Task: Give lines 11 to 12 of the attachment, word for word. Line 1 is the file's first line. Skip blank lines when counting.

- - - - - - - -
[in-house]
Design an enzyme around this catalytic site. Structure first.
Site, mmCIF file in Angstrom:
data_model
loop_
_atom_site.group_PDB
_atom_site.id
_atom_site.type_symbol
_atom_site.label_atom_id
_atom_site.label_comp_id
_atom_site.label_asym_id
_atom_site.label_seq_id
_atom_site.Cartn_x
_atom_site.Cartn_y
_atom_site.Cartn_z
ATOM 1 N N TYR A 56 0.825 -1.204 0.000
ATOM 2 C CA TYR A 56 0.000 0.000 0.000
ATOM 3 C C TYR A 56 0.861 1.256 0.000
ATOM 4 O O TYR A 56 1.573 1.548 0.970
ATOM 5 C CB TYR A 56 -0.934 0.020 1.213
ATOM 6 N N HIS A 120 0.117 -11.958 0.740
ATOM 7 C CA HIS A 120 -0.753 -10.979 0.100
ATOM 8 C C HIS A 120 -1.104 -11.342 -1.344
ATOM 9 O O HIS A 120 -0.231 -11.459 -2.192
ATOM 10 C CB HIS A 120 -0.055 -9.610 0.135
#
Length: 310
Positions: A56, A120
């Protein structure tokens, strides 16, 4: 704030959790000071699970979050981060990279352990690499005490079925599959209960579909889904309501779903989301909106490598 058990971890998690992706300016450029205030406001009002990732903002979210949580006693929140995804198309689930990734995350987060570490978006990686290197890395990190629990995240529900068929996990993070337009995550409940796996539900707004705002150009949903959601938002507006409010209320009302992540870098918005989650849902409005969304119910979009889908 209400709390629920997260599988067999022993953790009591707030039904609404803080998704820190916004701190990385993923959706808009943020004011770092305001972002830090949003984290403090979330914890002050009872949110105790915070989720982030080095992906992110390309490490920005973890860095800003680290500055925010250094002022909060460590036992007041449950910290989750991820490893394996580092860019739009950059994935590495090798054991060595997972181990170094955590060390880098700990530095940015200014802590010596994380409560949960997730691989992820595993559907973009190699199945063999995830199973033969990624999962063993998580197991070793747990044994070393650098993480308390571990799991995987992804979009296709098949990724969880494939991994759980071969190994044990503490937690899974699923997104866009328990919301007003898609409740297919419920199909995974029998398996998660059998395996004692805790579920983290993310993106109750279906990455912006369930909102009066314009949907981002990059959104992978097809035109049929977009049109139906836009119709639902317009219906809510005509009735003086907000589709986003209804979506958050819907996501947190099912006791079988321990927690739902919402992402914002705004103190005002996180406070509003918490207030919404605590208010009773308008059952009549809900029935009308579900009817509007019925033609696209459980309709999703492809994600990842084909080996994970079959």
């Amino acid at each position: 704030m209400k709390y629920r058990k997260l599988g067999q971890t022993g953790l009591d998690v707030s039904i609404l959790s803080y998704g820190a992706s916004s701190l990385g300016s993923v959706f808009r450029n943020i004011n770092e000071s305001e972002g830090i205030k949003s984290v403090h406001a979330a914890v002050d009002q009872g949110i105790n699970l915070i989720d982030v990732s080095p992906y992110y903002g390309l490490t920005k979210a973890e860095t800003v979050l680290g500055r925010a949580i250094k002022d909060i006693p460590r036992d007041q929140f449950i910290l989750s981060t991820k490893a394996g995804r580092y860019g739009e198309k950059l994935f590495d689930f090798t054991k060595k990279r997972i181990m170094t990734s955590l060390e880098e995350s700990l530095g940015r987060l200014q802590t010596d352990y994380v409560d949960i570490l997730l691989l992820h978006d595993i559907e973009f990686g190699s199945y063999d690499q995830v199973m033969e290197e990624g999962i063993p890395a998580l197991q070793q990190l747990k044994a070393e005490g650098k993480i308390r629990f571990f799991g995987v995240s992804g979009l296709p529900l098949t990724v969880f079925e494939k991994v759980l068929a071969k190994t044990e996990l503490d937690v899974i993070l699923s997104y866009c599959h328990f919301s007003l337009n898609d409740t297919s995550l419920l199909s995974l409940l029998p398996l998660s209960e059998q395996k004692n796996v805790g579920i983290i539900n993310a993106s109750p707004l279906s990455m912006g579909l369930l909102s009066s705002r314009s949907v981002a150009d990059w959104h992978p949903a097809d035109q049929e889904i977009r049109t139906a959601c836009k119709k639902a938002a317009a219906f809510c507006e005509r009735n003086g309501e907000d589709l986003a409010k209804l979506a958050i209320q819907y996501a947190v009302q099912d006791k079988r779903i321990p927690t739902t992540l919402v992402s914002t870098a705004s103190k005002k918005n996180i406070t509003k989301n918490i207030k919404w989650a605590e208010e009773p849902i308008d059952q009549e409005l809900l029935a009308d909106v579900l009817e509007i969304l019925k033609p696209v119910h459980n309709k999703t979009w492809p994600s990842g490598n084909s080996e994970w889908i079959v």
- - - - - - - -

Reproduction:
_atom_site.label_asym_id
_atom_site.label_seq_id